A multiple stage sampling method was used in this study, that is, six (6) political wards were selected by simple random sampling, that is, three from Lafiagi as experimental group and other three wards were selected from Tsaragi district used as control group. The households were selected using systematic sampling procedure from each of the political ward that is, researchers and research assistants conducted a house numbering in each ward and the selection of houses were made from the buildings list in each ward at specified intervals of every third building from a starting number depending on the length of the street. In each of the household selected, there were two or more WCA who were pregnant or has one or more children. One hundred and twenty (120) WCA were purposively sampled from 160 households in the two districts for the study. Sixty (60) WCA from Lafiagi were used for experimental group while, sixty (60) WCA from Tsaragi were used as control group respectively.

Instrument for data collection

The research instrument was a 25 item researchers-designed questionnaire on knowledge and accessibility of delivery care service. The questionnaire consisted of three sections: Section A sought information on the knowledge of WCA about delivery care services designed in the form of “Yes” or “No” answer mode, while Section B was designed into three (3) point responses of modified Likert type scale that is: A: Always (5 points), ST: Sometimes (3 points) and NA: Not Always, scored (1 point) that was used to obtained information from the respondents in Edu LGA of Kwara State.

This instrument covered all components of Delivery Care Services (DCS) to ensure face and content validity. The questionnaire was translated into Nupe language and used as Interview Schedule for WCA who could neither read nor write in English Language. The reliability of the instrument was determined by pre-testing using Splithalf test of Cronbach statistic of reliability and result of coefficient of reliability of 0.68 was obtained.

Data collection procedure

Approval for the conduct of this study was obtained from the authorities of Edu LGA and community leaders of the study areas. A copy of the permission letter was read to women for their consent at various households selected for the study. The data collection was in three phases which includes pre-intervention phase (pre-test), intervention phase and post intervention phase (post-test)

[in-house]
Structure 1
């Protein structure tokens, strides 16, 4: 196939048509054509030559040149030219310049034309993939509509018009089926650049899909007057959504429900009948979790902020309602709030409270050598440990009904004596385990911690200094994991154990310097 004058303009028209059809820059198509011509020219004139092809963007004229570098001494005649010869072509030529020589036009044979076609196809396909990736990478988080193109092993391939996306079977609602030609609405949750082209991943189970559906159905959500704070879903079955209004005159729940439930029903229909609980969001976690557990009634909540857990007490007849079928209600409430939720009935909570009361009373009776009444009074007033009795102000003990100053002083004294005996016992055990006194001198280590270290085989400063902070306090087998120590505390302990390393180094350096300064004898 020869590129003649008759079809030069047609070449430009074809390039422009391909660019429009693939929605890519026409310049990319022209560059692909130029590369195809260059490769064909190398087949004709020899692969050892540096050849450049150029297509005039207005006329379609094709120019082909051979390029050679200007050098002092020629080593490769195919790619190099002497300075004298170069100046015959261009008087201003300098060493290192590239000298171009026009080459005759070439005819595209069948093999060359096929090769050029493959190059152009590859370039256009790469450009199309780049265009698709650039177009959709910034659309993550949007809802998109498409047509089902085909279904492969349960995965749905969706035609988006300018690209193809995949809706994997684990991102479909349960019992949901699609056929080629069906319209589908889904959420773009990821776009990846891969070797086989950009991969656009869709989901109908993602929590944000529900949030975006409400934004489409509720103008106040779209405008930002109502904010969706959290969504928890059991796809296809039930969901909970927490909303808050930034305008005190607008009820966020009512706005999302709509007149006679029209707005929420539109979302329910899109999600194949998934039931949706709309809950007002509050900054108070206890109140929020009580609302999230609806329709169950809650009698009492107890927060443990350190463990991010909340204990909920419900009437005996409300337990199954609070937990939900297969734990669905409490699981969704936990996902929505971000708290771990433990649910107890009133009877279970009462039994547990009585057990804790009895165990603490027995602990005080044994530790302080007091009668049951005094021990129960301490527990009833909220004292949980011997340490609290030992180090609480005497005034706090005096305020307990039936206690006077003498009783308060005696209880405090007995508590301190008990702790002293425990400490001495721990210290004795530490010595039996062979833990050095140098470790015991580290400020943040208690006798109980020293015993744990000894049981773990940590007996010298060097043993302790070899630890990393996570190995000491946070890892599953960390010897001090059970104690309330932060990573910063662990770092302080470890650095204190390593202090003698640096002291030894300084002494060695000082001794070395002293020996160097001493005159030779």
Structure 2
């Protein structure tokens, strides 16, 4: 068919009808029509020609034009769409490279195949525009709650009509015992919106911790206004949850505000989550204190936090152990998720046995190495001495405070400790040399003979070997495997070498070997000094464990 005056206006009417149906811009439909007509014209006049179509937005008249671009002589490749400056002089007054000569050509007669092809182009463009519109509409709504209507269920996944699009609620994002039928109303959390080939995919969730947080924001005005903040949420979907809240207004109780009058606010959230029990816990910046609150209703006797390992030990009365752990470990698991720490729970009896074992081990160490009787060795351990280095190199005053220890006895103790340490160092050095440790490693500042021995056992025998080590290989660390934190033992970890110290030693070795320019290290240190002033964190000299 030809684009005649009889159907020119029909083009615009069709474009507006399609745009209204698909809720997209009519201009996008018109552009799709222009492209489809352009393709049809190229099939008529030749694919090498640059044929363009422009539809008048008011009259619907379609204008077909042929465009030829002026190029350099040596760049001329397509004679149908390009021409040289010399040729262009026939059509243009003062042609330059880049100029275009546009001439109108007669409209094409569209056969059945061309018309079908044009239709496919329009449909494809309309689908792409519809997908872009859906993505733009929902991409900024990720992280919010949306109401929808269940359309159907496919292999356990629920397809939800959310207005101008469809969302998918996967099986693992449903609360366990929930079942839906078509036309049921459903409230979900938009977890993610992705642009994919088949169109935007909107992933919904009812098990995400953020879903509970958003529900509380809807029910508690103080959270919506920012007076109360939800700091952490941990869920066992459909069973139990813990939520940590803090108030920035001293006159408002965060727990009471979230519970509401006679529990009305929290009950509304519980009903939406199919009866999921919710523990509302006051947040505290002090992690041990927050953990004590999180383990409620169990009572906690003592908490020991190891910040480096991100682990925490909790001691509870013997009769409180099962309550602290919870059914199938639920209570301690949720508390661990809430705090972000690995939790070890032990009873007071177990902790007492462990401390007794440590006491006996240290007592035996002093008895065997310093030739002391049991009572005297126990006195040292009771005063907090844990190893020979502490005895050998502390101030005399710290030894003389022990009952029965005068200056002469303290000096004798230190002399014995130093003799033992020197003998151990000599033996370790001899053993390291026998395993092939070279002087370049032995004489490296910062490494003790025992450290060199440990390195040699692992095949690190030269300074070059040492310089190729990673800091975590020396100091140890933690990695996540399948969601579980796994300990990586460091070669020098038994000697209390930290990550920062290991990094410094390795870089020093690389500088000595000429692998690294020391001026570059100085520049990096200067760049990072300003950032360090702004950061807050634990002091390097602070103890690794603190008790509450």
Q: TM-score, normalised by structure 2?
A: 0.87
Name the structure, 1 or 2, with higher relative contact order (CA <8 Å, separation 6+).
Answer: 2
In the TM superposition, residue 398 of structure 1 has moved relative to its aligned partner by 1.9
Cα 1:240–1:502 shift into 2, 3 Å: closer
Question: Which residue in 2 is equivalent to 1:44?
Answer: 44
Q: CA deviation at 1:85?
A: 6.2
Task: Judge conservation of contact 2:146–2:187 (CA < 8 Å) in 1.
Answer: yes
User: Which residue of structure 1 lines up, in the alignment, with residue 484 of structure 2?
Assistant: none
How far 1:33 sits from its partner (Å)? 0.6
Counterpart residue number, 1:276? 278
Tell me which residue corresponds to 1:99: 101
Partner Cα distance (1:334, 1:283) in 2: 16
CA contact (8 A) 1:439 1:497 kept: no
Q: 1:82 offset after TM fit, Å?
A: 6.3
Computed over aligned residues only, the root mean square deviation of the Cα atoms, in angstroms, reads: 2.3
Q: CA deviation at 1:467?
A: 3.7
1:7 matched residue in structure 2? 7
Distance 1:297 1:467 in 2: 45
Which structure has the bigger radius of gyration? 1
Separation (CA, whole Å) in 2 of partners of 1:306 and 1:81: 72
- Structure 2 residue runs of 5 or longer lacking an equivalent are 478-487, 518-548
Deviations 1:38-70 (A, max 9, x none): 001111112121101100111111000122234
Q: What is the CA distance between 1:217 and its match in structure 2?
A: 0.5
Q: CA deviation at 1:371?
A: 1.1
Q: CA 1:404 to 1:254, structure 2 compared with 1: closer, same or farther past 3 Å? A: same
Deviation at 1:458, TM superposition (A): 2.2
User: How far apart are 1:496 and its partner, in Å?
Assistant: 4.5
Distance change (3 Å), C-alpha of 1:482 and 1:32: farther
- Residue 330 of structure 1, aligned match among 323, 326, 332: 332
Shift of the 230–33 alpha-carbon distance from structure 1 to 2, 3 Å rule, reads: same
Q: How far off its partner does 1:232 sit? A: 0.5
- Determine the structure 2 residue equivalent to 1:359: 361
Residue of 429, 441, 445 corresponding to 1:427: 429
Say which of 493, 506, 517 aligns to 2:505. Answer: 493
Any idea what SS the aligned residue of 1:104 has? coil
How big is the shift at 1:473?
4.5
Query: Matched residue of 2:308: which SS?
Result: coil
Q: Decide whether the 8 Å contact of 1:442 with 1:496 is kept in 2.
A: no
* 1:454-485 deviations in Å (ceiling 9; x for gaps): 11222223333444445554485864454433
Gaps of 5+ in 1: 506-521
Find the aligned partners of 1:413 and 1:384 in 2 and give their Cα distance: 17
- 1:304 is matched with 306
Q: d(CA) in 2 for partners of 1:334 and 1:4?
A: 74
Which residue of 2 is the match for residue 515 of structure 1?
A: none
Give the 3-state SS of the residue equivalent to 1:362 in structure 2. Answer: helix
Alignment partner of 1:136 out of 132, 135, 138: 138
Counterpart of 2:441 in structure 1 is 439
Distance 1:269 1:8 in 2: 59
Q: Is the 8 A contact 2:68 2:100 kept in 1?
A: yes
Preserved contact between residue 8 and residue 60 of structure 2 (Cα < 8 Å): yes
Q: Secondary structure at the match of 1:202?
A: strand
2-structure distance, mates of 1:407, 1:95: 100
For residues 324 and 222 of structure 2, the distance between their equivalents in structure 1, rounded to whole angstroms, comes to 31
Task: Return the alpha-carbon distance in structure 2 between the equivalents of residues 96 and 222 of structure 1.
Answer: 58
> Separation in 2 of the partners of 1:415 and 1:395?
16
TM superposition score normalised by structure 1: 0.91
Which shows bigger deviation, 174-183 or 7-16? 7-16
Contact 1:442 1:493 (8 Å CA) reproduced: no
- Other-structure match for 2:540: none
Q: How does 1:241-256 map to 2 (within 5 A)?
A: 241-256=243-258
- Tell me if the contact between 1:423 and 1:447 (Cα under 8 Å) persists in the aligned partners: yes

Pre-intervention

The pre-intervention phase, involved advocacy visits community leaders and the heads of the households as well as sampling of the women for the study. The research assistants were recruited to help in administering the question items to women of childbearing age as pretest.

Pre-intervention activities: Health personnel which comprises of nurses and community health educators working in the health centers of the target communities were selected and trained as research assistants by the researchers. Three types of educational materials were used to communicate health messages that is, pamphlet and posters, docudrama (video documentation) and a delivery care services post sign charts. The first week was used for advocacy visit to the community leaders in the three study areas to seek permission and cooperation for the conduct of the study.

The husbands and household heads where the WCA residents were visited and the purpose of the study was explained to them. On the second week, a day and time was fixed for the meeting with the research assistants following development of the instructional materials and a training workshop was conducted for research assistants. Another meeting was scheduled the second day of the week with the researchers and women of childbearing age who volunteered to participate in the study. The same pre-tested instrument using semistructured questionnaire was administered on I20 consenting WCA that is, 60 women in the experimental group and 60 women in the control group. This interview schedule was used by the researchers and research assistants to obtained information from the WCA in the communities on the pre-tests day.

Intervention phase